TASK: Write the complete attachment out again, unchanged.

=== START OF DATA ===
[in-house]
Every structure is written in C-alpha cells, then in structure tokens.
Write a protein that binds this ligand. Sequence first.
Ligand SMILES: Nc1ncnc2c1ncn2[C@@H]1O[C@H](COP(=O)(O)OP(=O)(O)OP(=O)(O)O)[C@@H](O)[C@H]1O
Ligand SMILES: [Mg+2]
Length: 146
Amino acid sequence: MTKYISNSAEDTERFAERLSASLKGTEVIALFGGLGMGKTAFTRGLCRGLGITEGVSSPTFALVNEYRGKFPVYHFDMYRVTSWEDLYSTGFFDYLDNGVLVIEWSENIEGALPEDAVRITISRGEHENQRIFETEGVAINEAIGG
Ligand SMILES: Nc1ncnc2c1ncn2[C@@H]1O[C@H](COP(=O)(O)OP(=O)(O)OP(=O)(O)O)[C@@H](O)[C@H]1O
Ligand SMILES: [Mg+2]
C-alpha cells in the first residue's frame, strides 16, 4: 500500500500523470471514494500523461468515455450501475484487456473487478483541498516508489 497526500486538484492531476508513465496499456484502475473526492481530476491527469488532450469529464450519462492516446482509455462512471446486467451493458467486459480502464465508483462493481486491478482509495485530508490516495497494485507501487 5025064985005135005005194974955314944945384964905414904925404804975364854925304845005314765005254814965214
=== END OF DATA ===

[in-house]
Every structure is written in C-alpha cells, then in structure tokens.
Write a protein that binds this ligand. Sequence first.
Ligand SMILES: Nc1ncnc2c1ncn2[C@@H]1O[C@H](COP(=O)(O)OP(=O)(O)OP(=O)(O)O)[C@@H](O)[C@H]1O
Ligand SMILES: [Mg+2]
Length: 146
Amino acid sequence: MTKYISNSAEDTERFAERLSASLKGTEVIALFGGLGMGKTAFTRGLCRGLGITEGVSSPTFALVNEYRGKFPVYHFDMYRVTSWEDLYSTGFFDYLDNGVLVIEWSENIEGALPEDAVRITISRGEHENQRIFETEGVAINEAIGG
Ligand SMILES: Nc1ncnc2c1ncn2[C@@H]1O[C@H](COP(=O)(O)OP(=O)(O)OP(=O)(O)O)[C@@H](O)[C@H]1O
Ligand SMILES: [Mg+2]
C-alpha cells in the first residue's frame, strides 16, 4: 500500500500523470471514494500523461468515455450501475484487456473487478483541498516508489 497526500486538484492531476508513465496499456484502475473526492481530476491527469488532450469529464450519462492516446482509455462512471446486467451493458467486459480502464465508483462493481486491478482509495485530508490516495497494485507501487 5025064985005135005005194974955314944945384964905414904925404804975364854925304845005314765005254814965214